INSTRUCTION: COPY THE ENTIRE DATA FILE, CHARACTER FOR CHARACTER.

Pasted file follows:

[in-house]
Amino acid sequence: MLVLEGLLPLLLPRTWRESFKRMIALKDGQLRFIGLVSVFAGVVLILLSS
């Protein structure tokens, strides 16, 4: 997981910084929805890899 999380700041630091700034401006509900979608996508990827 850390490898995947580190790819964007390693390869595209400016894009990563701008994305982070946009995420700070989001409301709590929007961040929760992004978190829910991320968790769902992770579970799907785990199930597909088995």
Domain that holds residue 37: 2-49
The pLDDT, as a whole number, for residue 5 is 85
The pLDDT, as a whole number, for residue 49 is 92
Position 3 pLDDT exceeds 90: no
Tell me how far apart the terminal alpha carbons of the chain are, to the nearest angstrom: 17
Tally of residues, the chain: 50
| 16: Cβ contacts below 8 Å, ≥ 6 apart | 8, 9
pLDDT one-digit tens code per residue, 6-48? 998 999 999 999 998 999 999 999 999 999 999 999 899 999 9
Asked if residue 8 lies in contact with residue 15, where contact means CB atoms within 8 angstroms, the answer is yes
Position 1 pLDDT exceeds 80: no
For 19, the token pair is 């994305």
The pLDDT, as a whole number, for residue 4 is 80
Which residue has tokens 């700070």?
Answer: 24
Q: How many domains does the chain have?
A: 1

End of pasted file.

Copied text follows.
[in-house]
Amino acid sequence: MLVLEGLLPLLLPRTWRESFKRMIALKDGQLRFIGLVSVFAGVVLILLSS
């Protein structure tokens, strides 16, 4: 997981910084929805890899 999380700041630091700034401006509900979608996508990827 850390490898995947580190790819964007390693390869595209400016894009990563701008994305982070946009995420700070989001409301709590929007961040929760992004978190829910991320968790769902992770579970799907785990199930597909088995």
Domain that holds residue 37: 2-49
The pLDDT, as a whole number, for residue 5 is 85
The pLDDT, as a whole number, for residue 49 is 92
Position 3 pLDDT exceeds 90: no
Tell me how far apart the terminal alpha carbons of the chain are, to the nearest angstrom: 17
Tally of residues, the chain: 50
| 16: Cβ contacts below 8 Å, ≥ 6 apart | 8, 9
pLDDT one-digit tens code per residue, 6-48? 998 999 999 999 998 999 999 999 999 999 999 999 899 999 9
Asked if residue 8 lies in contact with residue 15, where contact means CB atoms within 8 angstroms, the answer is yes
Position 1 pLDDT exceeds 80: no
For 19, the token pair is 């994305």
The pLDDT, as a whole number, for residue 4 is 80
Which residue has tokens 């700070």?
Answer: 24
Q: How many domains does the chain have?
A: 1